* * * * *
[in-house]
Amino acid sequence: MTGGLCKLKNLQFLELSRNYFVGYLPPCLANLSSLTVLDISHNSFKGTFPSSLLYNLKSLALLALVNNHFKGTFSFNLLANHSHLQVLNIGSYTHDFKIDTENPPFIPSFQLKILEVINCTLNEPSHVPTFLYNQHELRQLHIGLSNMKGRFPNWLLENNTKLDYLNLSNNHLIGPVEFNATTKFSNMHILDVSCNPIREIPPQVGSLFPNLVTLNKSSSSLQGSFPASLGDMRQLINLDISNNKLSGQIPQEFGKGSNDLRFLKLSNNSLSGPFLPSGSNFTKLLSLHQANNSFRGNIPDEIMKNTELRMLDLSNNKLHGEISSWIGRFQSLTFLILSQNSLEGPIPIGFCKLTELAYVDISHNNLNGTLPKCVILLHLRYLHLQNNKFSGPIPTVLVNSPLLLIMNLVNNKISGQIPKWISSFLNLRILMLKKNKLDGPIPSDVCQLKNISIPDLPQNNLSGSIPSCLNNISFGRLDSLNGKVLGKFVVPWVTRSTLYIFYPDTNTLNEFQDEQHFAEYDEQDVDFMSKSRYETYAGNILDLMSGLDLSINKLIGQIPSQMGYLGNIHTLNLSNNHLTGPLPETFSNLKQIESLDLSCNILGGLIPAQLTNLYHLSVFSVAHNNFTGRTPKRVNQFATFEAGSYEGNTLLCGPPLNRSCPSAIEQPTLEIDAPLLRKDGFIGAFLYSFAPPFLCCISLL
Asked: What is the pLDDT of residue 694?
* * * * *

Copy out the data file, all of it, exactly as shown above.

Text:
[in-house]
Amino acid sequence: MTGGLCKLKNLQFLELSRNYFVGYLPPCLANLSSLTVLDISHNSFKGTFPSSLLYNLKSLALLALVNNHFKGTFSFNLLANHSHLQVLNIGSYTHDFKIDTENPPFIPSFQLKILEVINCTLNEPSHVPTFLYNQHELRQLHIGLSNMKGRFPNWLLENNTKLDYLNLSNNHLIGPVEFNATTKFSNMHILDVSCNPIREIPPQVGSLFPNLVTLNKSSSSLQGSFPASLGDMRQLINLDISNNKLSGQIPQEFGKGSNDLRFLKLSNNSLSGPFLPSGSNFTKLLSLHQANNSFRGNIPDEIMKNTELRMLDLSNNKLHGEISSWIGRFQSLTFLILSQNSLEGPIPIGFCKLTELAYVDISHNNLNGTLPKCVILLHLRYLHLQNNKFSGPIPTVLVNSPLLLIMNLVNNKISGQIPKWISSFLNLRILMLKKNKLDGPIPSDVCQLKNISIPDLPQNNLSGSIPSCLNNISFGRLDSLNGKVLGKFVVPWVTRSTLYIFYPDTNTLNEFQDEQHFAEYDEQDVDFMSKSRYETYAGNILDLMSGLDLSINKLIGQIPSQMGYLGNIHTLNLSNNHLTGPLPETFSNLKQIESLDLSCNILGGLIPAQLTNLYHLSVFSVAHNNFTGRTPKRVNQFATFEAGSYEGNTLLCGPPLNRSCPSAIEQPTLEIDAPLLRKDGFIGAFLYSFAPPFLCCISLL
Asked: What is the pLDDT of residue 694?